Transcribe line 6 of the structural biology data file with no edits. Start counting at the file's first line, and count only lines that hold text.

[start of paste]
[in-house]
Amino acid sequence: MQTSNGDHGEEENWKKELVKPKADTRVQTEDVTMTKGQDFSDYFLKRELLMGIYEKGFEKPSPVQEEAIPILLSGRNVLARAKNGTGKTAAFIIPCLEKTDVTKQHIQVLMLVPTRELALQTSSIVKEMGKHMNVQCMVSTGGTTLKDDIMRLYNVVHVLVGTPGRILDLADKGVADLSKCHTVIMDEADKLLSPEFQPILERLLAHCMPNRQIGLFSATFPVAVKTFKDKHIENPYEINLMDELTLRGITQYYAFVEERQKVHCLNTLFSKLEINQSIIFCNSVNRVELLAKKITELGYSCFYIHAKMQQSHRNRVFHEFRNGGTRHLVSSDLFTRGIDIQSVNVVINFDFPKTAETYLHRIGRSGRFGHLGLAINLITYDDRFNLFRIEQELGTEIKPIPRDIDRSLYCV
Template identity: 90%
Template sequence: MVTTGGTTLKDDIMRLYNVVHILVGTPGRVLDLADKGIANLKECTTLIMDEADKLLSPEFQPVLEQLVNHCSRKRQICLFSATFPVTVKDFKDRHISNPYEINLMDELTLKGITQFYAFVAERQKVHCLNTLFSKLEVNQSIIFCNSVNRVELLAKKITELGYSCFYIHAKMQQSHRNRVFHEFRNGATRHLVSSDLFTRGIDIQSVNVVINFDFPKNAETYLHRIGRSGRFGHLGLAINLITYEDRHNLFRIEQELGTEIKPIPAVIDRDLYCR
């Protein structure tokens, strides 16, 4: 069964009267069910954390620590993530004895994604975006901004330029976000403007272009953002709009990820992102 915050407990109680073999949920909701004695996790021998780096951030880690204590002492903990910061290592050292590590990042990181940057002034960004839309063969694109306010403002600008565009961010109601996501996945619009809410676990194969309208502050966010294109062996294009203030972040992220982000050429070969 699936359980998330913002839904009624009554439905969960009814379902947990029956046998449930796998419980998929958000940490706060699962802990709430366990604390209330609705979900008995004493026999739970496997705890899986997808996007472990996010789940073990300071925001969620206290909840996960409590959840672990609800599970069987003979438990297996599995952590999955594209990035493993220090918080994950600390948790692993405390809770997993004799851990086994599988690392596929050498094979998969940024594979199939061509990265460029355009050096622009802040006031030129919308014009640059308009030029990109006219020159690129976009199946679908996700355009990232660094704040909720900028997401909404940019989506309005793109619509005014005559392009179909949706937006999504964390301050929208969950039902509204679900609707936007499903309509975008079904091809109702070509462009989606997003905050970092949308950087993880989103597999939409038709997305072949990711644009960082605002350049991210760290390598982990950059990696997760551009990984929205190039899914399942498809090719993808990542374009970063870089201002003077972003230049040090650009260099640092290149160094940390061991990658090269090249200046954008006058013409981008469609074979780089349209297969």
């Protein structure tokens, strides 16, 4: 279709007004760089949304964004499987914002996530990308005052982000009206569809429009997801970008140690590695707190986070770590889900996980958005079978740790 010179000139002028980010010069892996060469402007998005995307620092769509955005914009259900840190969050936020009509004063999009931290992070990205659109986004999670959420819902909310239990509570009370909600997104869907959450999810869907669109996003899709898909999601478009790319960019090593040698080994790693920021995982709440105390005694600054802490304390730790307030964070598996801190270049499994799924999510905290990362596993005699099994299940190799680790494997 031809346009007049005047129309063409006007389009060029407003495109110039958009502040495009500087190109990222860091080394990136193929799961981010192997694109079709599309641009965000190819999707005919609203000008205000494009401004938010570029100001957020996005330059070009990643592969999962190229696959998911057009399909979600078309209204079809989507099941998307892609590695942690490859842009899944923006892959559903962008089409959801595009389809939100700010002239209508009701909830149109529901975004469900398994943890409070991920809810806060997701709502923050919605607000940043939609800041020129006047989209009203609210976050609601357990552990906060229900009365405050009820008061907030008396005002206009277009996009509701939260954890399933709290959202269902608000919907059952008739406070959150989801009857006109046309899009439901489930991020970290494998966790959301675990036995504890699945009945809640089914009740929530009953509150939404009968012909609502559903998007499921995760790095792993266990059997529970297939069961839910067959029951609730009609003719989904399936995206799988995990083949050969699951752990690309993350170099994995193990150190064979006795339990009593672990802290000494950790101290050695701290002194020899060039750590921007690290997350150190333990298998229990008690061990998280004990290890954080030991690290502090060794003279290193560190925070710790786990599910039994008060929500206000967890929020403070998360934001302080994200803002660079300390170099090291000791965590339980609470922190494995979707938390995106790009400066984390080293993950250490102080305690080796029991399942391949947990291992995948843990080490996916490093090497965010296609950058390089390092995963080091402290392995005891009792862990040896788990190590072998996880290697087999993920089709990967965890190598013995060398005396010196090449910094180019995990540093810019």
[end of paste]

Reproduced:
């Protein structure tokens, strides 16, 4: 279709007004760089949304964004499987914002996530990308005052982000009206569809429009997801970008140690590695707190986070770590889900996980958005079978740790 010179000139002028980010010069892996060469402007998005995307620092769509955005914009259900840190969050936020009509004063999009931290992070990205659109986004999670959420819902909310239990509570009370909600997104869907959450999810869907669109996003899709898909999601478009790319960019090593040698080994790693920021995982709440105390005694600054802490304390730790307030964070598996801190270049499994799924999510905290990362596993005699099994299940190799680790494997 031809346009007049005047129309063409006007389009060029407003495109110039958009502040495009500087190109990222860091080394990136193929799961981010192997694109079709599309641009965000190819999707005919609203000008205000494009401004938010570029100001957020996005330059070009990643592969999962190229696959998911057009399909979600078309209204079809989507099941998307892609590695942690490859842009899944923006892959559903962008089409959801595009389809939100700010002239209508009701909830149109529901975004469900398994943890409070991920809810806060997701709502923050919605607000940043939609800041020129006047989209009203609210976050609601357990552990906060229900009365405050009820008061907030008396005002206009277009996009509701939260954890399933709290959202269902608000919907059952008739406070959150989801009857006109046309899009439901489930991020970290494998966790959301675990036995504890699945009945809640089914009740929530009953509150939404009968012909609502559903998007499921995760790095792993266990059997529970297939069961839910067959029951609730009609003719989904399936995206799988995990083949050969699951752990690309993350170099994995193990150190064979006795339990009593672990802290000494950790101290050695701290002194020899060039750590921007690290997350150190333990298998229990008690061990998280004990290890954080030991690290502090060794003279290193560190925070710790786990599910039994008060929500206000967890929020403070998360934001302080994200803002660079300390170099090291000791965590339980609470922190494995979707938390995106790009400066984390080293993950250490102080305690080796029991399942391949947990291992995948843990080490996916490093090497965010296609950058390089390092995963080091402290392995005891009792862990040896788990190590072998996880290697087999993920089709990967965890190598013995060398005396010196090449910094180019995990540093810019």